In one sense, this is less "supernatural" than Matthew's account; there is no angel, and no appearance of Jesus to the women.
But Luke's story doesn't end there. Later the same day, two disciples (but apparently not two of the 12) are walking from Jerusalem to the town of Emmaus when Jesus appears and walks with them. They don't recognize him. He explains to them "the things about himself in all the scriptures". They invite him into their home, he blesses their bread, and they realize who he is. Then he vanishes.
So the two go back to Jerusalem to tell the 12 (well, 11 now), and while they are relating their story, Jesus appears again. He eats a fish, then teaches them about himself.
He leads them to the nearby town of Bethany, where he offers a final blessing then ascends to heaven.
So although Luke's account of the empty tomb is perhaps more down to earth than Matthew's, the subsequent appearances give this gospel a much more detailed account of the resurrection.
The last gospel to be written was John. Again we have the familiar story of the women going to the tomb and finding the stone removed. In this account, Mary tells Peter and John that Jesus' body has been taken from the tomb. The two disciples run to the tomb, enter, and see the burial clothes.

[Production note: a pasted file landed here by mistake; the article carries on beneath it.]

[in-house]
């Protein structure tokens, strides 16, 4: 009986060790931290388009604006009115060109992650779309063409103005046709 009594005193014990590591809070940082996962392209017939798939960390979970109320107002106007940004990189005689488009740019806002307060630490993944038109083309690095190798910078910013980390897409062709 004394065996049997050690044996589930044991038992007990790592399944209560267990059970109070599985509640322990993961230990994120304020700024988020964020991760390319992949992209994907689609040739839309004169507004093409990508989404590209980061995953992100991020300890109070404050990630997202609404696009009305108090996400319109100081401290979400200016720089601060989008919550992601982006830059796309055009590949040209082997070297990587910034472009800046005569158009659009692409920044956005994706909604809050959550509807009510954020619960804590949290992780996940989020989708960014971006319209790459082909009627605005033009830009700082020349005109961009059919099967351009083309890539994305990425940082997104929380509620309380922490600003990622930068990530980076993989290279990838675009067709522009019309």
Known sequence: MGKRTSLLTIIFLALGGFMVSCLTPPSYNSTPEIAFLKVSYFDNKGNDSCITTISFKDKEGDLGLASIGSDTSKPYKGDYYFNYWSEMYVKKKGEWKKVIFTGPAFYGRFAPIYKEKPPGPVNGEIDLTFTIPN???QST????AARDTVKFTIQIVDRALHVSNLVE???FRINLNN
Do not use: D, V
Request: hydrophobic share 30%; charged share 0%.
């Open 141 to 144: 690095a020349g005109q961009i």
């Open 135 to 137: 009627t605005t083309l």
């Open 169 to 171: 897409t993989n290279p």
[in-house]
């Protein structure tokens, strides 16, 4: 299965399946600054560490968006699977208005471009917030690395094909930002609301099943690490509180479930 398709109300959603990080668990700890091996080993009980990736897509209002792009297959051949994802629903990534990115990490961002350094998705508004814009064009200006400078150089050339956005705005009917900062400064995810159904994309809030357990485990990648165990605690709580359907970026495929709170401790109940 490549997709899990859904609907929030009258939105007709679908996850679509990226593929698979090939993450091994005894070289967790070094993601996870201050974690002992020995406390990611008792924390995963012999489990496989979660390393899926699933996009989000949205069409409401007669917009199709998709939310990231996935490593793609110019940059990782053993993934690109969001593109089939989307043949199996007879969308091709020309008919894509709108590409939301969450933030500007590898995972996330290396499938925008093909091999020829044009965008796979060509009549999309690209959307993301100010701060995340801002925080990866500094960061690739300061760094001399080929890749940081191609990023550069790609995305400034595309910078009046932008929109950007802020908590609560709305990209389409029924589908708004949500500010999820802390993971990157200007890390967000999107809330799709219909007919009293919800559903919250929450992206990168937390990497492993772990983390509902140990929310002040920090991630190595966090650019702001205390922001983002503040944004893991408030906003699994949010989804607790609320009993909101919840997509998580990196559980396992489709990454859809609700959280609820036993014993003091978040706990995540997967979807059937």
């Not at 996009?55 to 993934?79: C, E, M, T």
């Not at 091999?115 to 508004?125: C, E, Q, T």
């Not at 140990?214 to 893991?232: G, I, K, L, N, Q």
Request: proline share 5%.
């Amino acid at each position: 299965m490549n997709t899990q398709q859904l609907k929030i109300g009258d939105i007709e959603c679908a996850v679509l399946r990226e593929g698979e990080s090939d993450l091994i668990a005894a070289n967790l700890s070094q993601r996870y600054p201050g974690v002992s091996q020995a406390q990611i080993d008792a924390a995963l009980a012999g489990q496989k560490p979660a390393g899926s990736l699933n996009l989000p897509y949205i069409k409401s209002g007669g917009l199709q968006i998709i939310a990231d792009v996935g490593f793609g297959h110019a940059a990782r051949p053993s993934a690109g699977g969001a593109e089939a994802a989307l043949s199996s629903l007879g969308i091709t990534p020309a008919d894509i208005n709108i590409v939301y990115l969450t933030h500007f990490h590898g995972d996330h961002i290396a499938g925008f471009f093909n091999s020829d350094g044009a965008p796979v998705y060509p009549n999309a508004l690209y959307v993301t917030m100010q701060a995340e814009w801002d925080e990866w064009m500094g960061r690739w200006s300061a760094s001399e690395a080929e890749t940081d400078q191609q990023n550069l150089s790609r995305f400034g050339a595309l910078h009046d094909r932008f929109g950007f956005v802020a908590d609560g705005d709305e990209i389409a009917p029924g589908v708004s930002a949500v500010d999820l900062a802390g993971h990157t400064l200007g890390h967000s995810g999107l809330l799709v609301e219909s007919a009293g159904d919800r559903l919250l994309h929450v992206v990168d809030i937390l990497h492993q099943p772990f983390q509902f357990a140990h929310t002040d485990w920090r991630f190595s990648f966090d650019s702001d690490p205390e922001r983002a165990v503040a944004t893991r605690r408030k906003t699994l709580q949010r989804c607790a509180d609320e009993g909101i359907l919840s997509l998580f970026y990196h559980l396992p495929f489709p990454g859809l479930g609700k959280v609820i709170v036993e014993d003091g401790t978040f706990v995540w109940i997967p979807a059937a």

Mary, however, remains outside the tomb and weeps. She is met by two angels who ask her why she is weeping. She tells them Jesus' body has been taken and she doesn't know where to find it. She turns around and sees Jesus himself but does not recognize him. She asks him if he knows where the body has been moved to. He calls her name, "Mary!" She replies, "Teacher!" and goes to tell the disciples that she has seen Jesus.
That evening Jesus appears inside a locked room where the disciples have hidden (except for Thomas who is not present). When they later tell Thomas they have seen Jesus, Thomas doesn't believe them. He insists that he won't believe unless he can see and touch the scars on Jesus' body.
So a week later, Jesus appears again and gives Thomas the opportunity to do just that. Thomas believes and worships him.
Some time later, seven of the disciples are fishing. They spend much of the night on the lake but do not catch anything. About daybreak Jesus shows up on the lake shore, and tells them the fishing is better on the other side of the boat. They follow his suggestion and catch 153 fish. Peter recognizes Jesus, gets out of the boat, and goes to him.
Jesus has a conversation with Peter that is apparently meant to counter Peter's three denials of Jesus on the night Jesus was arrested. Three times Jesus asks, "Do you love me?" Three times Peter replies, "Yes." In response, Jesus gives Peter the instructions, "Feed my lambs," then, "Tend my sheep," and finally, "Feed my sheep."
Here the account of the empty tomb contains much more detail than in the first three gospels, and the number of subsequent appearances of Jesus in John's gospel equals the total from the first three gospels.
While I wouldn't say the resurrection story gets more important or more "supernatural" from gospel to gospel, it certainly gets more detailed in the later gospels.